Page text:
Vehicles that failed safety and emissions standards have dominated Nigerian roads
Despite the automotive policy introduced by the Federal Government in 2013 to gradually phase out used cars, six countries have flooded Nigerian automobile market with N1.79 trillion used motor vehicles and motorcycles in the last two years.
The vehicles are those that have failed safety, fuel economy and emission standards in the United States and Europe. They were imported from United States, Italy, Belgium, Netherlands, Brazil and Canada. Nigeria’s annual vehicle demand is estimated at 720,000 units, while local production is13,000 units.
It was revealed that in 2021, the country took delivery of N785.73 billion used vehicles, including motorcycles, while N1 trillion worth of used vehicles were shipped into the country in 2020 through the Lagos roll-on roll- off port and other seaports terminals in the country in order to fill the supply shortfall.
The importation of the vehicles declined by N222.27 billion or 22.1 per cent within one year. In 2021, the total value of imported used vehicles was N418.34 billion, while motorcycles was N367.39 billion. Also in 2020, the value of imported used vehicles into the country was N593 billion as motorcycle importation stood at N415.87 billion.
This month, Port and Terminal Multi-services Limited (PTML) and Five Star Logistics at Tincan Island Port will also take delivery of 2,150 units of used vehicles from six ships. The Nigerian Ports Authority (NPA)’s shipping data revealed that 300 units of the vehicles would be offloaded at Five Star Logistics terminal at the port, while 1,850 will be discharged at PTML between April 4 and 11, 2022.
The shipping data also revealed that Grande Atlantico will arrive on Monday with 350 units, followed by Grande Dakar with 400 units; Grande Luanda, 400 units; Grande Benin, 350 units and Grande Togo, 350 units. In February, four vessels berthed with 1,450 used vehicles at PTML.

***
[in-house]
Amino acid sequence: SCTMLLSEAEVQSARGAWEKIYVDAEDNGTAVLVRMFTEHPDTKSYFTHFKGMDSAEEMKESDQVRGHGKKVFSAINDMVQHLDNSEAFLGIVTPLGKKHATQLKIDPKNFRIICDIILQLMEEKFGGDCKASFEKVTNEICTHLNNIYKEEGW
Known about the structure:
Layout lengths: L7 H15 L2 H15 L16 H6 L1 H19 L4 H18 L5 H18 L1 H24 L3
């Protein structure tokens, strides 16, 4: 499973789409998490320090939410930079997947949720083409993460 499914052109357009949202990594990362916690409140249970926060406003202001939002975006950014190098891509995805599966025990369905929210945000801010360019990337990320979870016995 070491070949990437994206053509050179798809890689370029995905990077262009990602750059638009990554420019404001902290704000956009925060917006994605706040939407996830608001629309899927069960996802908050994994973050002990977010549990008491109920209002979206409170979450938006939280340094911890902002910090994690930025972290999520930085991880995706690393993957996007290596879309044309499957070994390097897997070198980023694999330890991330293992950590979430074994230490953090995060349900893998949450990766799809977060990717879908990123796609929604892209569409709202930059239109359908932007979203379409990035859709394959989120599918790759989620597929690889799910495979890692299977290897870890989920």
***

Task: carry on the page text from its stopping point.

The vessels include Grande Ghana with 350 units; Grande Cotonou, 400 units; Grande Cameroon, 350 units and Grande Sierra Leone, 350 units.
According to United State Census Bureau (USCB), America has been responsible for nearly half of Nigeria’s used truck shipments. It noted that the Mack brand is the most preferred imported vehicle due to its perceived ruggedness and durability.
The bureau explained that in 2020, United States exported $190 million trucks and buses to Nigeria, noting that this represented a remarkable rise from the $82 million and $105 million recorded in 2018 and 2019 respectively.
Also, data obtained from International Trade Administration (ITA) revealed that 734,659 units of used vehicles were imported into the country in 2017, while 1.22 million units were ferried in 2018, 1.3 million units in 2019 and one million units in 2020.
Although the imports reduced by 23.1 per cent in 2019 from 1.3 million units to one million units, the trade portal noted that total global vehicles importation into the country was $11.24 billion between 2018 and 2020, adding that the country received $2.24 billion used vehicles in 2018, $5.63 billion in 2019 and 2020 $3.37 billion. In 2020, the trade portal explained that the country imported 500,000 or half of the total imports from America.
It also explained that Nigeria imported $158 million vehicle parts and accessories or 40 per cent of used car parts from the United States. Meanwhile, the Center for Biological Diversity (CBD) has said that the United States has continued to export hundreds of thousands of its oldest and dirtiest cars to Nigeria, Ghana, Benin, Togo and other poorer countries each year in a trade that is largely unregulated.
It noted that United States export of used cars abroad could stall the global reductions needed to stave off catastrophic warming, saying that vehicles, which would fail safety, fuel economy and emissions standards in the United States or Europe, were dominating the roads in Nigeria and other countries that rely on imported used vehicles.
The CBD Head of the Safe Climate Transport Campaign, Dan Becker, said: “In Kenya and Nigeria, for example, more than 90 per cent of vehicles are foreign imports.
The pollution and gas guzzling continue even after the vehicle is removed from American roads. “If left unchecked, the global trade in second hand cars could have bleak consequences for climate change, air quality and, by extension, public health.”